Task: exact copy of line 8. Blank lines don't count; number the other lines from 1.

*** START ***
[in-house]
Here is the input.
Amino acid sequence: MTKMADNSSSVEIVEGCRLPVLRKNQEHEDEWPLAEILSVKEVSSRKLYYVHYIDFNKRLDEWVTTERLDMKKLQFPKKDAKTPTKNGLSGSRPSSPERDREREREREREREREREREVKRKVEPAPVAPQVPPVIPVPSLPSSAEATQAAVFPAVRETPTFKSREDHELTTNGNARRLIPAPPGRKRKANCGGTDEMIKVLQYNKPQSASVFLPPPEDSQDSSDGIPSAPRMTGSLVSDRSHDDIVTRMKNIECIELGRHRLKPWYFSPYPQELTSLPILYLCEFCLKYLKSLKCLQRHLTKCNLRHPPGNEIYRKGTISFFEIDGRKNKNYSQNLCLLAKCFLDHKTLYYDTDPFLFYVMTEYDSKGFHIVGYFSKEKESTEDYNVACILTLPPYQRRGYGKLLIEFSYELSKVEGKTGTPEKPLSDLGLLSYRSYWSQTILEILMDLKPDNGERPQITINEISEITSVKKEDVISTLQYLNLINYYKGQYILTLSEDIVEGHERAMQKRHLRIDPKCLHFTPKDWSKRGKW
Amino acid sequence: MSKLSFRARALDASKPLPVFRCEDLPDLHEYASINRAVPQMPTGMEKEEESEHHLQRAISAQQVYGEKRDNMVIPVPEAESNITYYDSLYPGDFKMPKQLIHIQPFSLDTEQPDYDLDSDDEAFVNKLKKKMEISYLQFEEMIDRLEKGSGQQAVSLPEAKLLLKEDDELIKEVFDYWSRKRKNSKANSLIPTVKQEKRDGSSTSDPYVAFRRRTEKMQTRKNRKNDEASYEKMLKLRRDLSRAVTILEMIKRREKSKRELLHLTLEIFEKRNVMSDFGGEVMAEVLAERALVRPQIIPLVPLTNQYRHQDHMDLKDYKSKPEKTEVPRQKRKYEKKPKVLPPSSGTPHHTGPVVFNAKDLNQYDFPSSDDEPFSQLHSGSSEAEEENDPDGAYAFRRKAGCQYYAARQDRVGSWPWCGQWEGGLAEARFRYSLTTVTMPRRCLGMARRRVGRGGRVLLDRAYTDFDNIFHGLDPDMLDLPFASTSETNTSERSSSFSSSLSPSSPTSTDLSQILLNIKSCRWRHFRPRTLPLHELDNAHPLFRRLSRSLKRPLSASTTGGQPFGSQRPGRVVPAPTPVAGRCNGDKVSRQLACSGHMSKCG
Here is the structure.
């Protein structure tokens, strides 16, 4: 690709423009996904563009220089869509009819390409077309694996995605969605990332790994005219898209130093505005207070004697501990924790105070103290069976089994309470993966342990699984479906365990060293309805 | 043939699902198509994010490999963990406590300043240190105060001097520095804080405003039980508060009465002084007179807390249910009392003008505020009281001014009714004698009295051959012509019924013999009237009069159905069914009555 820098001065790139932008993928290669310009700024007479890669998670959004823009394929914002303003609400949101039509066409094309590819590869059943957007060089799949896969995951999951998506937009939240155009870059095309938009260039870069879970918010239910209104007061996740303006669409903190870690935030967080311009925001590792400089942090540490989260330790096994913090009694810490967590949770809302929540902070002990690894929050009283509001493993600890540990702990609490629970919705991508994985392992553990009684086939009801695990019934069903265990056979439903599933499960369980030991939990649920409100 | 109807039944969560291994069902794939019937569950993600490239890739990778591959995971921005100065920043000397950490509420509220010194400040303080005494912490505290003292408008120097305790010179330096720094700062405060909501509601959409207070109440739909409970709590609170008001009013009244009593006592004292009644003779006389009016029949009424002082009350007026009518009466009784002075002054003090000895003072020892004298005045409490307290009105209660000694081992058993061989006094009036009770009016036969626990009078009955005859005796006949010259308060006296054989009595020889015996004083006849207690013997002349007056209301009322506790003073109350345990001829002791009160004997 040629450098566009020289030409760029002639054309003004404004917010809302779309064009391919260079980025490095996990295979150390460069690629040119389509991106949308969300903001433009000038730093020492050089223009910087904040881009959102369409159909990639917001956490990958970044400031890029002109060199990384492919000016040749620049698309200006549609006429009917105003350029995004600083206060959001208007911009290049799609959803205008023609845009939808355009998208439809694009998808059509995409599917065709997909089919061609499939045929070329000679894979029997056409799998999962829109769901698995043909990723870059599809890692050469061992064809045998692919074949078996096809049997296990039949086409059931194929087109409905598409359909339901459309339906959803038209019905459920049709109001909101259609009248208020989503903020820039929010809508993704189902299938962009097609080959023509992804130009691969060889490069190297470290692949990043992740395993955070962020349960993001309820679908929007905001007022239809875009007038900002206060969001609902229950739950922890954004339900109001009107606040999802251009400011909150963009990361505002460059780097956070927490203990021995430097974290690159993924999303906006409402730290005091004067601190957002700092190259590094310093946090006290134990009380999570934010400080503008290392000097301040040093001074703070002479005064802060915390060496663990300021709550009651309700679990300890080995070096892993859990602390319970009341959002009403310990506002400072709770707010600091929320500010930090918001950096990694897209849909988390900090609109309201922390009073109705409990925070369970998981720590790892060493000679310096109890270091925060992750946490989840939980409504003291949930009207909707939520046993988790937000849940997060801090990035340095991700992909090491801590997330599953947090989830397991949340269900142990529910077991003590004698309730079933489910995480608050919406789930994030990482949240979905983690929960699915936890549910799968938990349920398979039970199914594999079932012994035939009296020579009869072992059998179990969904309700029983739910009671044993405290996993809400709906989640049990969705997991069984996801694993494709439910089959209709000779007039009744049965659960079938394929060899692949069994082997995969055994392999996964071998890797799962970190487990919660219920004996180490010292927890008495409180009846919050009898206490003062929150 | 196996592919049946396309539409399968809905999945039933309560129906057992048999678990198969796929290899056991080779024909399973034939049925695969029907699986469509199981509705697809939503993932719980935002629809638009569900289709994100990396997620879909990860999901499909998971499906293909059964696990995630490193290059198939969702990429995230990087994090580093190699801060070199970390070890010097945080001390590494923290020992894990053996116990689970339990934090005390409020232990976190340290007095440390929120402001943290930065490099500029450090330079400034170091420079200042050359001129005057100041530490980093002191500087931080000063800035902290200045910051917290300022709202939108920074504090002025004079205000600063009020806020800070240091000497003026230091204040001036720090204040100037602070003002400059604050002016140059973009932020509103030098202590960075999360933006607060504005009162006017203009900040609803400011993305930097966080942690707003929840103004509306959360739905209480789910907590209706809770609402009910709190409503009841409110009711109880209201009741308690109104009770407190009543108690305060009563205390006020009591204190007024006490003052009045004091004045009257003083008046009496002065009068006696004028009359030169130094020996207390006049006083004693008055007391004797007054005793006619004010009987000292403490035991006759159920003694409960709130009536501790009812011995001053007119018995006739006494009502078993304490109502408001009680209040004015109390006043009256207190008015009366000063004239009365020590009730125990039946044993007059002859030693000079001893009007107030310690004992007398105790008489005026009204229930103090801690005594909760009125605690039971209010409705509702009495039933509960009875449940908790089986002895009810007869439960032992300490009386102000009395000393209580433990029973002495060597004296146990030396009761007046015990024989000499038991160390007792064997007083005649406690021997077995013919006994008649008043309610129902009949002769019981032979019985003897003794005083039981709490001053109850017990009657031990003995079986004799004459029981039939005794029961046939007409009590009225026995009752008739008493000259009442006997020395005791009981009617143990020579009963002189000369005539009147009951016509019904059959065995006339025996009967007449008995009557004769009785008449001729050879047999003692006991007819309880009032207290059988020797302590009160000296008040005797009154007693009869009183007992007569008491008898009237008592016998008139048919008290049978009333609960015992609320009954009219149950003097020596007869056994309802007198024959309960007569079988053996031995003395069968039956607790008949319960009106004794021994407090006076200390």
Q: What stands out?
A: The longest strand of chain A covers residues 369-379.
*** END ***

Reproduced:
A: The longest strand of chain A covers residues 369-379.